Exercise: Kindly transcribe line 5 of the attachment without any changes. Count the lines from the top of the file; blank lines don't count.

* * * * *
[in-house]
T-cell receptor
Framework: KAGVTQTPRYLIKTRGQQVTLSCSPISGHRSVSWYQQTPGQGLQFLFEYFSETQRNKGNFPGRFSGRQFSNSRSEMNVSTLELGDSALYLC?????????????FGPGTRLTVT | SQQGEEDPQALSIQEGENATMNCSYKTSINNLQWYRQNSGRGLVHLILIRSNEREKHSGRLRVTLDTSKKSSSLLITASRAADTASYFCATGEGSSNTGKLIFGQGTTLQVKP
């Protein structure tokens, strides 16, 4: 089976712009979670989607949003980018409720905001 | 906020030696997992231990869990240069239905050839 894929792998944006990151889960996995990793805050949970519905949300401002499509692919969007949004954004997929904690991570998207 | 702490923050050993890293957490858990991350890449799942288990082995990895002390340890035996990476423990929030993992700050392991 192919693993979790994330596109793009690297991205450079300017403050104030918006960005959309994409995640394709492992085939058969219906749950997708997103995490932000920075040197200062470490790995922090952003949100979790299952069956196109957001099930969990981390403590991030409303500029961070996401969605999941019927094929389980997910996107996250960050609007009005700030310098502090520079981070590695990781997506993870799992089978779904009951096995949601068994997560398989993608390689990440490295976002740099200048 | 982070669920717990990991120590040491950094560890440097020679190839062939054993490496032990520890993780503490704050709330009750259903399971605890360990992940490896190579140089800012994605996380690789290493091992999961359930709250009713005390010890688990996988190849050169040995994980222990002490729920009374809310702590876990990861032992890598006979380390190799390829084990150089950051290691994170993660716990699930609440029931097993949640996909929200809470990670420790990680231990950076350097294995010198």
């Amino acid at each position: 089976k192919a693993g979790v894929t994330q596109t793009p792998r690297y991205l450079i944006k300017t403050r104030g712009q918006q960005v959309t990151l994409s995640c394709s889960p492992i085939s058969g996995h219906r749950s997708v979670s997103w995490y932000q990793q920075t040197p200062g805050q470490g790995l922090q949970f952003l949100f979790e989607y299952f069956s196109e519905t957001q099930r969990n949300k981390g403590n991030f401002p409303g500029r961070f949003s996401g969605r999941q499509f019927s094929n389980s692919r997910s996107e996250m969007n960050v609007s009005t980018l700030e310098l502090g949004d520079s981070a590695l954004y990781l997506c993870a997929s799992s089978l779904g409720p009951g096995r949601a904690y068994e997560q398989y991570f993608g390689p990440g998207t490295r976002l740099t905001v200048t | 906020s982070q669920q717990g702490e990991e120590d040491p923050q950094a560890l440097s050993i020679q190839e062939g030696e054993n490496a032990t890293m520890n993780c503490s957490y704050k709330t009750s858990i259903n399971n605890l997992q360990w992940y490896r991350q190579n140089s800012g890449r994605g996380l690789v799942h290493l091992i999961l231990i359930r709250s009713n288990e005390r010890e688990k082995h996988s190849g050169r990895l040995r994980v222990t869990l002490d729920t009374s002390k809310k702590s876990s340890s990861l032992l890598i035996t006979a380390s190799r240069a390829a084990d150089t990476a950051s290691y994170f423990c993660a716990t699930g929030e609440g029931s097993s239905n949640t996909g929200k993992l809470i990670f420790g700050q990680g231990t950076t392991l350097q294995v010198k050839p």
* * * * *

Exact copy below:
């Amino acid at each position: 089976k192919a693993g979790v894929t994330q596109t793009p792998r690297y991205l450079i944006k300017t403050r104030g712009q918006q960005v959309t990151l994409s995640c394709s889960p492992i085939s058969g996995h219906r749950s997708v979670s997103w995490y932000q990793q920075t040197p200062g805050q470490g790995l922090q949970f952003l949100f979790e989607y299952f069956s196109e519905t957001q099930r969990n949300k981390g403590n991030f401002p409303g500029r961070f949003s996401g969605r999941q499509f019927s094929n389980s692919r997910s996107e996250m969007n960050v609007s009005t980018l700030e310098l502090g949004d520079s981070a590695l954004y990781l997506c993870a997929s799992s089978l779904g409720p009951g096995r949601a904690y068994e997560q398989y991570f993608g390689p990440g998207t490295r976002l740099t905001v200048t | 906020s982070q669920q717990g702490e990991e120590d040491p923050q950094a560890l440097s050993i020679q190839e062939g030696e054993n490496a032990t890293m520890n993780c503490s957490y704050k709330t009750s858990i259903n399971n605890l997992q360990w992940y490896r991350q190579n140089s800012g890449r994605g996380l690789v799942h290493l091992i999961l231990i359930r709250s009713n288990e005390r010890e688990k082995h996988s190849g050169r990895l040995r994980v222990t869990l002490d729920t009374s002390k809310k702590s876990s340890s990861l032992l890598i035996t006979a380390s190799r240069a390829a084990d150089t990476a950051s290691y994170f423990c993660a716990t699930g929030e609440g029931s097993s239905n949640t996909g929200k993992l809470i990670f420790g700050q990680g231990t950076t392991l350097q294995v010198k050839p």